STORY WRITTEN BY JEREMY GERRARD
For Digital First Media
POTTSTOWN >> It’s a Wednesday afternoon inside the tasting room at Sly Fox Brewery, and John Giannopoulos’ parents sit down with their son for lunch — a ritual they repeat every week.
“It’s the weekly board meeting,” jokes Brian O’Reilly, head brewmaster of the Pottstown-based brewery tucked away off Circle of Progress Drive.
Nearly 20 years after the first kegs were tapped, the brewery remains a family business.
The Sly Fox story began in Phoenixville in 1995 when brothers John and Peter Giannopoulos — then only homebrewers — opened a family run brewhouse and eatery in the heart of the borough.
John still remembers his first attempt at crafting a beer. It was an India Pale Ale, and “not very good, either,” he added.
“What we thought we were creating 20 years ago isn’t what it is today,” he said. “It was just a small brewpub in Phoenixville.”
And for the first six years or so, that’s what it was.
Things changed in 2002 when O’Reilly joined the team.
Soon they were brewing more beers and increasing production. News of the brewery spread through their customers, but it took a real enterprising effort from the staff to get things moving.
Each week, O’Reilly would load up his small pickup truck with beer and drive into the Philadelphia area to try and sell beer to local bars. While this wasn’t long ago, getting beer on tap back then was much harder than it is today.
“Believe it or not, it was revolutionary to have the courage to just pour local beers,” O’Reilly said.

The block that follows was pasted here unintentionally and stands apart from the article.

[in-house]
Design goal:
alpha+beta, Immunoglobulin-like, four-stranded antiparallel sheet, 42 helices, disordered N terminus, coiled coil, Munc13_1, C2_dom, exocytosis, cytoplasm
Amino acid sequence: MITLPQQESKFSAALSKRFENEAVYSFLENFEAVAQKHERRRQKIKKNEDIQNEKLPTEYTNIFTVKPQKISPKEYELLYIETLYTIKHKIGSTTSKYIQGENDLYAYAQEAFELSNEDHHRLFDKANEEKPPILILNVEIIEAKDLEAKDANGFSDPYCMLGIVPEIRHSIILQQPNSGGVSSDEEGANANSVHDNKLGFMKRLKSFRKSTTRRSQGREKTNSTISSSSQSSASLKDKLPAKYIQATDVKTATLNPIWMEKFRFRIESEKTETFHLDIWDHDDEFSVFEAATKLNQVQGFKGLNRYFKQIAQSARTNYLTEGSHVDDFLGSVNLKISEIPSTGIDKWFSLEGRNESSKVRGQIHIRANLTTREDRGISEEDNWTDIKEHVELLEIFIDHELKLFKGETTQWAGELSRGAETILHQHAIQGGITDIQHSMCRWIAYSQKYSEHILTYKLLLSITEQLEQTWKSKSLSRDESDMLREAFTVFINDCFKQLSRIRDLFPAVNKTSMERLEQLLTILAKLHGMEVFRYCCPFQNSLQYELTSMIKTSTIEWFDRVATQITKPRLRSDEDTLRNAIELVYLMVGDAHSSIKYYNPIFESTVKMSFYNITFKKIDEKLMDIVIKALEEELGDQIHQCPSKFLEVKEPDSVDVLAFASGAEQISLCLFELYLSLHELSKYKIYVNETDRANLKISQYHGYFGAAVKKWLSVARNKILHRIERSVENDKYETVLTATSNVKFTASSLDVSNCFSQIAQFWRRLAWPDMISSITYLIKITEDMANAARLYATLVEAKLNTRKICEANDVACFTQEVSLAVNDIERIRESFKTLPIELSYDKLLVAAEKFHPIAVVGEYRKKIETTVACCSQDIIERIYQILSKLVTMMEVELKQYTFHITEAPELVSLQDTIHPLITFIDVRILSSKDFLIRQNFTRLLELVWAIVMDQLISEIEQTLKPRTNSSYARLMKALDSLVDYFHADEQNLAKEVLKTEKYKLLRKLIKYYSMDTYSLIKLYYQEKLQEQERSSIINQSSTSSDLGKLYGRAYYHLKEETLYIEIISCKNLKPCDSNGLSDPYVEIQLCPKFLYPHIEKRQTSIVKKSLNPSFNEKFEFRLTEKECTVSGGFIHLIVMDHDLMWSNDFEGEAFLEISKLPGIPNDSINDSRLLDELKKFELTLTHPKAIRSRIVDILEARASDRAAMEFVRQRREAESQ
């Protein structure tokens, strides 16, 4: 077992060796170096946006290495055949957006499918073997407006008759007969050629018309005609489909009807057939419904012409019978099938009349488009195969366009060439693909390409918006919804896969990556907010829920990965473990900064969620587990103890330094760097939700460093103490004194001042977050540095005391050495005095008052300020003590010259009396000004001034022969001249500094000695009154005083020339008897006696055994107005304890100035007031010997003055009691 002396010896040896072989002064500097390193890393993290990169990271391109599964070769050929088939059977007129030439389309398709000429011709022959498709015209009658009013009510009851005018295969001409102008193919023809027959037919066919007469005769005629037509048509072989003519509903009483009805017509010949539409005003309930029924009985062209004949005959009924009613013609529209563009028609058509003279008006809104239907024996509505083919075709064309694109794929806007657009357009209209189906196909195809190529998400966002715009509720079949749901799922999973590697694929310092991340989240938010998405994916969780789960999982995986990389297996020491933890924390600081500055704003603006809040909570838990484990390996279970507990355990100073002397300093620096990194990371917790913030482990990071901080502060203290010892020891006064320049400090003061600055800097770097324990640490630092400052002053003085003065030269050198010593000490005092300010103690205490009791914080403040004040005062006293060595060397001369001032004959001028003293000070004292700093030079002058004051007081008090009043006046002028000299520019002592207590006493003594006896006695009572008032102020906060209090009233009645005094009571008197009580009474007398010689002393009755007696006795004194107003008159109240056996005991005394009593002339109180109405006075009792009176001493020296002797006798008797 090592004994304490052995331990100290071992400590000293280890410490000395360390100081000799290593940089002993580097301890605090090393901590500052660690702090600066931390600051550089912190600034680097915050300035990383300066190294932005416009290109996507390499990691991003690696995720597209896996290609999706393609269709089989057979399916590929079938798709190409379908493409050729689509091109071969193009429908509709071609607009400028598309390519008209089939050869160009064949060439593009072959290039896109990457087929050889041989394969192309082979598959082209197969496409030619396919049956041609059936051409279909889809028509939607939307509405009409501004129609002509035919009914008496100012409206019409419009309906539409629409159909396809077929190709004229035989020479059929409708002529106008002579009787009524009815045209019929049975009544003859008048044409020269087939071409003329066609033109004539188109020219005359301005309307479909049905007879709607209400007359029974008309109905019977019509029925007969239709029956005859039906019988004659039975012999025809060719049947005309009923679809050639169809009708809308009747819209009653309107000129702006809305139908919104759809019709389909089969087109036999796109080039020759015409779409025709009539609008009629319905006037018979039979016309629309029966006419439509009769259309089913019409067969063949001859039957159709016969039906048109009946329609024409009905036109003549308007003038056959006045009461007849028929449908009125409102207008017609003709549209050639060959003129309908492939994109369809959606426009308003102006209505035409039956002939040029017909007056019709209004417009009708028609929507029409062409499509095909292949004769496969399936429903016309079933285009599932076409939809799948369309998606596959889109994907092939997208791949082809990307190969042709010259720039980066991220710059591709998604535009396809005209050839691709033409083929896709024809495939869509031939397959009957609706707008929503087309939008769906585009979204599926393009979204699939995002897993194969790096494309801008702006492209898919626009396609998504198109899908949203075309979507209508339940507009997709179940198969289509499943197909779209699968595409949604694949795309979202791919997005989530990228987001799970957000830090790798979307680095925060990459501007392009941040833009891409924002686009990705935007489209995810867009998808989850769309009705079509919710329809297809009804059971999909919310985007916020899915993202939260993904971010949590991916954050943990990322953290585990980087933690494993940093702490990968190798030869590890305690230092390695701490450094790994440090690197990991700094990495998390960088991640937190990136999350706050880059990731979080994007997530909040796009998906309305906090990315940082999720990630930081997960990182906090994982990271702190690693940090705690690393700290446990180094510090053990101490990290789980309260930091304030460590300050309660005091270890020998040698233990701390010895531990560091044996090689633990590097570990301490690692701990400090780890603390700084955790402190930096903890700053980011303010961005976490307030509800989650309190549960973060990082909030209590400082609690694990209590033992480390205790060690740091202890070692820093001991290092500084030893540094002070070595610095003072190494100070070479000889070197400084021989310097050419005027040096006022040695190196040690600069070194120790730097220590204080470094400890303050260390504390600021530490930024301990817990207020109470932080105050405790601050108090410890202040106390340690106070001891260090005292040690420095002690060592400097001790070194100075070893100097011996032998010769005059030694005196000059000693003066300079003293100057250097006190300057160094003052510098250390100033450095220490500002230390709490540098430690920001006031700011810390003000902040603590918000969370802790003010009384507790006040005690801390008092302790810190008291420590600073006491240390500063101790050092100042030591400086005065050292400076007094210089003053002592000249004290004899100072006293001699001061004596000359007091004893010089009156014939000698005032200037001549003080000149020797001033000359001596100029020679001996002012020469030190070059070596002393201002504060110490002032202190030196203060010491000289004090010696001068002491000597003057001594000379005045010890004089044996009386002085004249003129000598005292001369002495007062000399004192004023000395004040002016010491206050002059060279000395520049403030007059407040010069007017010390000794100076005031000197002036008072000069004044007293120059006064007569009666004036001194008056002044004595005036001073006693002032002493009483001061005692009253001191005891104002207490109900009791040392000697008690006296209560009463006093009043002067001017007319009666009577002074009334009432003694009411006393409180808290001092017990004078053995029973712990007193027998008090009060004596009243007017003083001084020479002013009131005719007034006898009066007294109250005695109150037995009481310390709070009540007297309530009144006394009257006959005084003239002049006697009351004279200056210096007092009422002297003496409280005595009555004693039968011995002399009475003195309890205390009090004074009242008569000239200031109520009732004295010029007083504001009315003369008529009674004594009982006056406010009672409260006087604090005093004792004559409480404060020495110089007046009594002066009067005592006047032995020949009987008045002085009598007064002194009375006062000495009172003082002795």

Sly Fox respects these early purchasers who believed in craft beer and took a chance on a then-unknown brand.
So what is a Sly Fox? According to O’Reilly, the name pays homage to the brewery’s Chester County roots — the history of foxes and fox hunts in the area.
“We should have a cuter story,” O’Reilly teased.
O’Reilly didn’t always see beer in his future. In college he studied philosophy and literature, though admittedly, some beer was consumed. Instead, his path to becoming a brewmaster began with homebrewing before volunteering at a brewery. That job led to an internship which turned into a job and led to an apprenticeship.
Out of the brewpub in Phoenixville, Sly Fox moved some operations to Royersford in 2004. When they outgrew that facility, Sly Fox found its current home in Pottstown; its beers have been brewed there for the past three-and-a-half years.
“I guess the move to Pottstown for us has been a game changer,” John said, adding they enjoy a great relationship with the borough. “It allowed us to grow significantly and also grow the culture of Sly Fox, who we are.”
The Royersford location is no longer operational, but the Phoenixville brewpub still serves customers daily, in addition to brewing some specialty beers and small batches.
When O’Reilly came in 2002, Sly Fox was producing 500 barrels of beer a year, or about 1,000 kegs. Last year the brewery hit 22,000 barrels, and they are on target to produce 28,000 this year that will distribute to six mid-Atlantic states and Washington D.C.
There is no current plan to expand shipping out west.